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Once managers determine a facility could benefit from retrocommissioning, they must determine the scope of the process — whether to focus on one key system or tackle the entire facility.
“If they complete the Energy Star analysis and the facility (score) is under 60, it’s more than likely to be more than one system,” Newman says. “For instance, if the boilers and chillers in a facility were replaced 30 years ago, it’s pretty obvious, even without a real energy audit, that managers need to look at them. They’re pretty close to the end of their useful life.”
The scope of the process also might depend on assessing the range of changes that have been made to the facility.
“Maybe a system received a change in occupancy,” Flatley says. “One of the most common ones is converting a cafeteria space to an office space. What work was done to accomplish that? What systems now serve that area, and are they the same systems as before? That’s a key to system retrocommissioning. Maybe a given floor or set of floors were fitted out and they had new systems installed that interface with the main system (and) that could benefit from a system-type commissioning. It’s really a budget issue — how much can they afford?”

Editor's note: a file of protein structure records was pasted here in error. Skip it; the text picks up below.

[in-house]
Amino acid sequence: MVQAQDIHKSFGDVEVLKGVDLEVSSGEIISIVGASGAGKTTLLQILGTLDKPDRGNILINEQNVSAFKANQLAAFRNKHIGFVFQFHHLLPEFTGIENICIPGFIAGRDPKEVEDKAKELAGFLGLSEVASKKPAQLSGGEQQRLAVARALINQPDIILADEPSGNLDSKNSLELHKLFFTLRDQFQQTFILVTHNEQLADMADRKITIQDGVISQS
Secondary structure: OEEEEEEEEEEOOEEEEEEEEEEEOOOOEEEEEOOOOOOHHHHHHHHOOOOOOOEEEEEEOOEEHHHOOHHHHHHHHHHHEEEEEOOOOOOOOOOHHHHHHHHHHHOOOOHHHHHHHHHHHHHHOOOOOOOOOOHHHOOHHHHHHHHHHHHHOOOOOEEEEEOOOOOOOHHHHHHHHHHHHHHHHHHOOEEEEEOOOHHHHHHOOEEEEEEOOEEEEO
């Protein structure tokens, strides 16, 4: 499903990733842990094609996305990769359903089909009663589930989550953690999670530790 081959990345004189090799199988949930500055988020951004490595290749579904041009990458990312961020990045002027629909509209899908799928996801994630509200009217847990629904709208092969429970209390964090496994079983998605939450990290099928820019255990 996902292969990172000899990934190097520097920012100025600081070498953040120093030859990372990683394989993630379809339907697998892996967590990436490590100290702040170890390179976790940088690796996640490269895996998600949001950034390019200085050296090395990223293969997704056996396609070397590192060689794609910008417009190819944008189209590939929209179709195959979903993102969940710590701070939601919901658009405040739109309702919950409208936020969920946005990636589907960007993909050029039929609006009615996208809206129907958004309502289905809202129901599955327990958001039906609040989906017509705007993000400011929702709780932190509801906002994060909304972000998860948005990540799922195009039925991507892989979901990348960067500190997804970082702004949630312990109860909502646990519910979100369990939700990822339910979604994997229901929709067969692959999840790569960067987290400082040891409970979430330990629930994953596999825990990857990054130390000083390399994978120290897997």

Managers with a good understanding of the daily inspection, testing and maintenance that front-line technicians perform also should have a leg up on determining the scope of retrocommissioning.
“There’s a pretty good chance that the maintenance costs are going up every year,” Newman says. “This is what managers really need to look at — the trend on maintenance costs, whether it’s rooftop units that might last only 15 or 20 years or a centrifugal chiller that can last well over 25 years. And today’s boilers and chillers are so much more efficient than those of 25 or 30 years ago. That would be a target audit, which doesn’t cost as much as a full-building audit.”
Setting the Scope for a Retrocommissioning Project